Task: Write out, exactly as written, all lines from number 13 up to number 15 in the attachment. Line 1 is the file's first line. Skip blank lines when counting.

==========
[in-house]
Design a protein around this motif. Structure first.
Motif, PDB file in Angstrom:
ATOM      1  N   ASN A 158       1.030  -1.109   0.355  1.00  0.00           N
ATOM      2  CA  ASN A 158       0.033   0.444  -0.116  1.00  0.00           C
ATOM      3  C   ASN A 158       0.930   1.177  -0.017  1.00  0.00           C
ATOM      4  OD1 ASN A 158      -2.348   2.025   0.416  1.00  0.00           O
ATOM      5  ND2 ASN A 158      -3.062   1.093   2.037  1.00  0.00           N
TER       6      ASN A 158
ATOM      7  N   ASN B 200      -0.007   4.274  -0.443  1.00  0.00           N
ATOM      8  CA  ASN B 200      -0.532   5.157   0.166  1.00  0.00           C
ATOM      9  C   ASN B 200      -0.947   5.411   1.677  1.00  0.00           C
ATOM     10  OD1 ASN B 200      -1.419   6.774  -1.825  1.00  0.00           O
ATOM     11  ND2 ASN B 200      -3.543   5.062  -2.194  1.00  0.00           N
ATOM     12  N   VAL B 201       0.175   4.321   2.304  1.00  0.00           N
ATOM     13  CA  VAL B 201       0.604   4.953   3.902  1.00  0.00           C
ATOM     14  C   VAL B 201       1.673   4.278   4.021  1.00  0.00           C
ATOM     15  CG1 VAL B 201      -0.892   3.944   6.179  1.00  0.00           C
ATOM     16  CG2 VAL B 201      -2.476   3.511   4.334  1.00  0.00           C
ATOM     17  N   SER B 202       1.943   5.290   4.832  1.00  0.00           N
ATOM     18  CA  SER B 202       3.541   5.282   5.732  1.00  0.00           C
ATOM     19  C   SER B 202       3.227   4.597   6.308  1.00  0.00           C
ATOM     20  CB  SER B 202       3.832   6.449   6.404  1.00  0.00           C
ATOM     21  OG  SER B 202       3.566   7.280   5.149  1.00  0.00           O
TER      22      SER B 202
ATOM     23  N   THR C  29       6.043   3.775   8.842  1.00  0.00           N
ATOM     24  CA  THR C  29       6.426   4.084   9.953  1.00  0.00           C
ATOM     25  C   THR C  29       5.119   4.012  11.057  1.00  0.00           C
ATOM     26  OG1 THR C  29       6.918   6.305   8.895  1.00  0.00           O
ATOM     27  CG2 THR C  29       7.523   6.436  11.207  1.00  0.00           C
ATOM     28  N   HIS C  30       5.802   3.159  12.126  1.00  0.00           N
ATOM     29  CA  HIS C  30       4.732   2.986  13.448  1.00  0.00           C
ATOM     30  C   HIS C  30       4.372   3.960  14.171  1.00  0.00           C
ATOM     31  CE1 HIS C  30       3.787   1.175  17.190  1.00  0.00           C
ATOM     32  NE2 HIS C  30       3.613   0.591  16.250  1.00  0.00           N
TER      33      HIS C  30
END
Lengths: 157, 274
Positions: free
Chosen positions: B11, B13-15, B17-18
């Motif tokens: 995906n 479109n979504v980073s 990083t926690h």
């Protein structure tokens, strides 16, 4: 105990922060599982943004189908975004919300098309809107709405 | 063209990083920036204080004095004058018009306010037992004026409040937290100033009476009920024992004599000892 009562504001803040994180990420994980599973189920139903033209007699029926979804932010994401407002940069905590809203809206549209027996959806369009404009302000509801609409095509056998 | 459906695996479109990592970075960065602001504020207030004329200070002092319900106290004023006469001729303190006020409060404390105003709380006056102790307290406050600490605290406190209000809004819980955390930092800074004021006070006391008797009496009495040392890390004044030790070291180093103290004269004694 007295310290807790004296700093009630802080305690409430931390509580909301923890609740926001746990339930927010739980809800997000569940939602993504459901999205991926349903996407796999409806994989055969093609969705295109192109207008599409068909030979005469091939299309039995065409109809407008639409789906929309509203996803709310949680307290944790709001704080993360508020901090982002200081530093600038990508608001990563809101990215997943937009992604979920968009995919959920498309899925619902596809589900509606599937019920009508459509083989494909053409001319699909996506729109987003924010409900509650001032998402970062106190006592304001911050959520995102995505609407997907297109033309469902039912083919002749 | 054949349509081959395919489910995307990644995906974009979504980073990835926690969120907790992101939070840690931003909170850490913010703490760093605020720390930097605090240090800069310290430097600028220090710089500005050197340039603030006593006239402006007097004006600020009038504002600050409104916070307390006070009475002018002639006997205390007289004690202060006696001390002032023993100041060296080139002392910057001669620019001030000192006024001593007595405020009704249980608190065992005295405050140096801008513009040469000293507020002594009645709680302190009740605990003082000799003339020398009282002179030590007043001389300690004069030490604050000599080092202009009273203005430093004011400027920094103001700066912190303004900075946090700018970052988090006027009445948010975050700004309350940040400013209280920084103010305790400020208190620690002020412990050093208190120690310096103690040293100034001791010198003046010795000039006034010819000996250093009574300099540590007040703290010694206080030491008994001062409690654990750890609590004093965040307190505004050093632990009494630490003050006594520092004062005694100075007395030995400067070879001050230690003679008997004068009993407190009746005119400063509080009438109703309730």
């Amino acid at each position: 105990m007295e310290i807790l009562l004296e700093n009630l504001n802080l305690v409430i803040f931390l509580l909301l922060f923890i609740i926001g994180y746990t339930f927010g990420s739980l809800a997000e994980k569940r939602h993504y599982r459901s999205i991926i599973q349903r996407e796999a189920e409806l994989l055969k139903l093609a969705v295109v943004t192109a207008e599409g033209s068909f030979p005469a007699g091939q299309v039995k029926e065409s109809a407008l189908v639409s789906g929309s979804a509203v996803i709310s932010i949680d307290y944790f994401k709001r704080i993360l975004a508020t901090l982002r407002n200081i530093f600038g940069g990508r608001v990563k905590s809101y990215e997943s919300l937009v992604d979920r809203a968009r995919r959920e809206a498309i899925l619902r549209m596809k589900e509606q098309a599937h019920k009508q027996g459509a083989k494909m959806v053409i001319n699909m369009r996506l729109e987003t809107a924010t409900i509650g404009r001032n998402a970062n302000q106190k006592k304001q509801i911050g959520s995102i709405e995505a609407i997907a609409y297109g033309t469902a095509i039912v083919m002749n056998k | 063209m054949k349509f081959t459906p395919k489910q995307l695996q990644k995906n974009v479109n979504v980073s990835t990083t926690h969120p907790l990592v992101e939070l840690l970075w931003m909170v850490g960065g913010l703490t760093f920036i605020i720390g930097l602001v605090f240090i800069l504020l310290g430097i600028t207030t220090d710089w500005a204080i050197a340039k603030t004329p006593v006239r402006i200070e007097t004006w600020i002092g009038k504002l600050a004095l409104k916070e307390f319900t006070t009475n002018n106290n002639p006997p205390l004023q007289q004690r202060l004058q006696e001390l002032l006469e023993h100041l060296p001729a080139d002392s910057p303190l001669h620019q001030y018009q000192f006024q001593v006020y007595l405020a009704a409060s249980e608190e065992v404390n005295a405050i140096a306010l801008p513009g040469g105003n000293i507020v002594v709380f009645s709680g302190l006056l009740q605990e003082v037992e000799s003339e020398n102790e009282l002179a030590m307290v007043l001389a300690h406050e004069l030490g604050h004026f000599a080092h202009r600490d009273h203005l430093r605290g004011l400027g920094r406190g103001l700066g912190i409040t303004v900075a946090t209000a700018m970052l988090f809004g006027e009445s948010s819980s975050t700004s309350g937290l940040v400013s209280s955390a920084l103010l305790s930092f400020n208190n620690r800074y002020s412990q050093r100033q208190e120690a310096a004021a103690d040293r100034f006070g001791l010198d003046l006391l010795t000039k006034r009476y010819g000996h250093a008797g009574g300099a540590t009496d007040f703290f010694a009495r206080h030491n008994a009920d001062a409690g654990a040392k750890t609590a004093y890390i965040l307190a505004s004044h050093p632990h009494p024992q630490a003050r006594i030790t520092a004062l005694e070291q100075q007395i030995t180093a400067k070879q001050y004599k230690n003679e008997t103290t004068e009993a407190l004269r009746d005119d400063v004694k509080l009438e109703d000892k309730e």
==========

ATOM     10  OD1 ASN B 200      -1.419   6.774  -1.825  1.00  0.00           O
ATOM     11  ND2 ASN B 200      -3.543   5.062  -2.194  1.00  0.00           N
ATOM     12  N   VAL B 201       0.175   4.321   2.304  1.00  0.00           N